Day 28: Enemies
Dr. Ray PritchardDr. Ray Pritchard is the president of Keep Believing Ministries, an Internet-based ministry serving Christians in 225 countries. He is the author of 29 books, including Stealth Attack, Fire and Rain, Credo, The ABCs of Christmas, The Healing Power of Forgiveness, An Anchor for the Soul and Why Did This Happen to Me? Ray and Marlene, his wife of 39 years, have three sons - Josh, Mark and Nick, two daughters-in-law- Leah and Vanessa, and four grandchildren - Knox, Eli, Penny and Violet. His hobbies include biking, surfing the Internet, and anything related to the Civil War.
- 2009 Mar 27
1957 Martin Luther King, Jr. preached on “Loving Your Enemies” at the
Dexter Avenue Baptist Church in Montgomery, Alabama. As he came to the
end of his sermon, he said there is a little tree planted on a little
hill and on that tree hangs the most influential person who ever came
into this world. In the cross of Christ, the love of God has broken
through into human history. Now we know what love looks like in a world
filled with hatred, distrust, bitterness, pain, mistreatment and abuse.
As the hymn writer said, “See, from his head, his hands, his feet,
sorrow and love flow mingled down.” It is a message from God that love
is the only way. It’s the only way to heaven, and it’s the only way to
live on the earth. If we believe in Jesus at all, we must say to our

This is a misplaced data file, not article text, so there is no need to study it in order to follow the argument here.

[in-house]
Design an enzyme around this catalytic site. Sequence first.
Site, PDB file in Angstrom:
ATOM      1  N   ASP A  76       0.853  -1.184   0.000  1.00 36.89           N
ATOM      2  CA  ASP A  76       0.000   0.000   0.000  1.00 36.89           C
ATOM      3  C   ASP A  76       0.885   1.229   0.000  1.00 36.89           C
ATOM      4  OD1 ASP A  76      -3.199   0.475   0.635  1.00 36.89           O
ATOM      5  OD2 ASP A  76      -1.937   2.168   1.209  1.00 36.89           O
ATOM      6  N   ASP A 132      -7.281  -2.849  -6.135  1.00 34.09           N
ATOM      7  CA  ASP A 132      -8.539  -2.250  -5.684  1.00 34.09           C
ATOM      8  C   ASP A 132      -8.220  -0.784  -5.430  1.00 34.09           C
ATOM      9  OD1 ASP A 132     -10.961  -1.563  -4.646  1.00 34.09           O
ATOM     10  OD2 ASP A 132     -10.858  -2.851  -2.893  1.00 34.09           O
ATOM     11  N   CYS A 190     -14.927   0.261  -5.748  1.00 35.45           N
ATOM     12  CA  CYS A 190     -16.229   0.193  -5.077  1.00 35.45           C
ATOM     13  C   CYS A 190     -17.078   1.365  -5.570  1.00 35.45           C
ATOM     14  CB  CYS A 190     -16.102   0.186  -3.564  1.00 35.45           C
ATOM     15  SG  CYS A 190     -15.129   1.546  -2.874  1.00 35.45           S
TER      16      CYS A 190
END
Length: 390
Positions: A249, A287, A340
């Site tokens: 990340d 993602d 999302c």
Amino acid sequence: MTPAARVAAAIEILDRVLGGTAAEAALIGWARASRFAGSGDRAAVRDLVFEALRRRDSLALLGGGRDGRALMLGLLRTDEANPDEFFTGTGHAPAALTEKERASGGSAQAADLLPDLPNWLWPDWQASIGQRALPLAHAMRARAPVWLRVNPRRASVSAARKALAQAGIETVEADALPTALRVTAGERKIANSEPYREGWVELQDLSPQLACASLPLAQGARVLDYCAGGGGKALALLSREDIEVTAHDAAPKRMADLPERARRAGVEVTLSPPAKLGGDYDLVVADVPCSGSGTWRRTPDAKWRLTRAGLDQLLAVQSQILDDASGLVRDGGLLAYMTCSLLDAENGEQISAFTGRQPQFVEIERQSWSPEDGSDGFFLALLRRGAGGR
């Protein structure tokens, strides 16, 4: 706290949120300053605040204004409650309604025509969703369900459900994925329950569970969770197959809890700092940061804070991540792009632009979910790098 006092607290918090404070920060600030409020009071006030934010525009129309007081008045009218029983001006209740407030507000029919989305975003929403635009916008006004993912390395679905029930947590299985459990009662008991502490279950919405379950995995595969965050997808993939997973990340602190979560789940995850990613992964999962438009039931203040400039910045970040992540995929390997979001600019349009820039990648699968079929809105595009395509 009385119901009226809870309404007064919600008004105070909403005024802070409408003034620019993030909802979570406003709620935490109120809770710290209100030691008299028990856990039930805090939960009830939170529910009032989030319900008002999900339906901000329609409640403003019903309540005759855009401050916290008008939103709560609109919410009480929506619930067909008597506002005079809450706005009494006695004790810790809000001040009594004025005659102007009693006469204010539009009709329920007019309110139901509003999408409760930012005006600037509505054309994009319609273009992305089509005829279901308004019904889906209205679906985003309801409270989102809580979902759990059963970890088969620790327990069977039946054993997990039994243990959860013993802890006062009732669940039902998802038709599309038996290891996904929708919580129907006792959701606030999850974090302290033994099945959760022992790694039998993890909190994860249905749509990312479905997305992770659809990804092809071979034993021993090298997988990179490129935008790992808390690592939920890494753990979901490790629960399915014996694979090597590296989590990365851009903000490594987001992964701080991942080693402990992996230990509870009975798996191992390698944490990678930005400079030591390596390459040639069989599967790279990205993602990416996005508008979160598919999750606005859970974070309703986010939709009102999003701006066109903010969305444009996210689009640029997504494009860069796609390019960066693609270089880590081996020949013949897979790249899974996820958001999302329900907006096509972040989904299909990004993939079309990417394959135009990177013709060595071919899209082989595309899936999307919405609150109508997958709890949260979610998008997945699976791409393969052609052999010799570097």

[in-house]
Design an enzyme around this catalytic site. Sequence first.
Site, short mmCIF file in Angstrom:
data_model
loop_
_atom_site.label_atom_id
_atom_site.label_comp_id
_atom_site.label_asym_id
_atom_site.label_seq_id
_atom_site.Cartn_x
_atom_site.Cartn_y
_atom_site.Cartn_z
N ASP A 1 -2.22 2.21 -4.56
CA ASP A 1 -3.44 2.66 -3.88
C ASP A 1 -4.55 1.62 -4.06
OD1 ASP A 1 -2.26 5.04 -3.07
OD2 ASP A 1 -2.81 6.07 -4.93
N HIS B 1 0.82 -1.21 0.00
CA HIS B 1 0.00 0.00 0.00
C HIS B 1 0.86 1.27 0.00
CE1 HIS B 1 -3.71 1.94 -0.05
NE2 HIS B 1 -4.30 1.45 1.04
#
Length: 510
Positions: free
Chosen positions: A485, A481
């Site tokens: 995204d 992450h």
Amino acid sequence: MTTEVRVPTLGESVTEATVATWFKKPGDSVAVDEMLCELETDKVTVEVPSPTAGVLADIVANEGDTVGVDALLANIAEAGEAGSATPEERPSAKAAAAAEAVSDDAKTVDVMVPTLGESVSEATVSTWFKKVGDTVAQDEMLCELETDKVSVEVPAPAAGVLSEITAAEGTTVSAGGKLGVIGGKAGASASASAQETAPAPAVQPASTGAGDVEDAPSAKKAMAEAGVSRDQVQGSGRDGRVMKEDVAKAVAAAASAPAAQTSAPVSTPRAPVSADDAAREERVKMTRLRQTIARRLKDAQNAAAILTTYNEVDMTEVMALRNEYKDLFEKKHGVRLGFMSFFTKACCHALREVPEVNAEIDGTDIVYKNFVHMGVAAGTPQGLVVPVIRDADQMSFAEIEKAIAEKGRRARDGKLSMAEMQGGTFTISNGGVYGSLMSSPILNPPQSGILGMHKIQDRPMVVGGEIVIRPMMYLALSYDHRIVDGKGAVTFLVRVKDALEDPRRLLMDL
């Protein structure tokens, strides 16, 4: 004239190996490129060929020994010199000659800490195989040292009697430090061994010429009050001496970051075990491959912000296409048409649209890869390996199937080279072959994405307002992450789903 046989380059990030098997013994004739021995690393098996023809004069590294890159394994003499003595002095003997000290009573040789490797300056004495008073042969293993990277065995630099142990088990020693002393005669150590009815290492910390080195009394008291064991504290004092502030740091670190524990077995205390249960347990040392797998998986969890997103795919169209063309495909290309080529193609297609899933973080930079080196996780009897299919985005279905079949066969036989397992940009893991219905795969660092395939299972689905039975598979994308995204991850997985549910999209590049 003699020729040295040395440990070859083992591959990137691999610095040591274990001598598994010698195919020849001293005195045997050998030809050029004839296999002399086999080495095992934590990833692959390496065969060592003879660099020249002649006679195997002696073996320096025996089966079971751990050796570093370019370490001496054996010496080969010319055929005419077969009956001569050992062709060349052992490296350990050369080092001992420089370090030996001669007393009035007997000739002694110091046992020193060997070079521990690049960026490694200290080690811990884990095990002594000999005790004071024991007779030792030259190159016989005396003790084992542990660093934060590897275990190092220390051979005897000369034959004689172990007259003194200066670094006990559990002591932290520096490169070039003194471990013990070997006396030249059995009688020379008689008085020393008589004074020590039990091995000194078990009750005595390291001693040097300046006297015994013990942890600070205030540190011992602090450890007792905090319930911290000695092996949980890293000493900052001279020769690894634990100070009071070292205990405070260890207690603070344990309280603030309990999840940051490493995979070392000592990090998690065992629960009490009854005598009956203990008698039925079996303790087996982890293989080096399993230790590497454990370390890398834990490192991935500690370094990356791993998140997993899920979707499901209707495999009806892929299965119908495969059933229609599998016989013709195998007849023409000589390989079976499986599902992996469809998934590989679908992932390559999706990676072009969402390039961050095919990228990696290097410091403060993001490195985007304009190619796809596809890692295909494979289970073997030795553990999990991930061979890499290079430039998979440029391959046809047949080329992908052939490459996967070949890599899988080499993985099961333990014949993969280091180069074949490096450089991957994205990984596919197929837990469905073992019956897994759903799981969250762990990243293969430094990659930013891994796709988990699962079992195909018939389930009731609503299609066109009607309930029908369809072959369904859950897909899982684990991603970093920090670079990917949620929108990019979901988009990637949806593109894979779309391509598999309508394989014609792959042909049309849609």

enemies, “I love you. I would rather die than hate you.” When Jesus
walks with us, we will find the strength to love our enemies, to bless
those who curse us, and to pray for those who despitefully use us.
“Love your enemies, do good to those who hate you, 28 bless those who curse you, pray for those who mistreat you.” (Luke 6:27-28).
Don’t get even with your enemies. Ask God to bless them instead. If you can let go of your anger long enough to pray like this, you will discover a wonderful benefit. When you pray for grace for others, you put yourself in a position to receive it yourself.
Let me offer one further thought. Your enemy is a gift from God to you.
Though you don’t know it and often can’t see it, the person who has
hurt you so deeply is a gift from God to you. To say that is not to
excuse evil or to condone mistreatment. It is to say exactly what
Joseph meant when he said to his brothers, “You meant evil against me, but God meant it for good”
(Genesis 50:20). Our enemies humble us, they keep us on our knees, they
reveal our weakness, and they expose our total need for God. Just as
David needed King Saul to pursue him, to persecute him and repeatedly
attempt to kill him, we need the enemies God sends to us. If we didn’t
need them, he wouldn’t send them. Therefore, we thank God who knows
best, and we love our enemies the best way we can. Often God raises up an enemy to see if we really want to be like Jesus. He will keep our enemies alive and well as long as we need them.
Jesus had enemies. They killed him. He loved them anyway. Do you want to be like Jesus?
Lord, you loved me while I was your enemy. You came for me when I was
running away. May your love fill my heart so that what you have done
for me, I may do for others. Amen.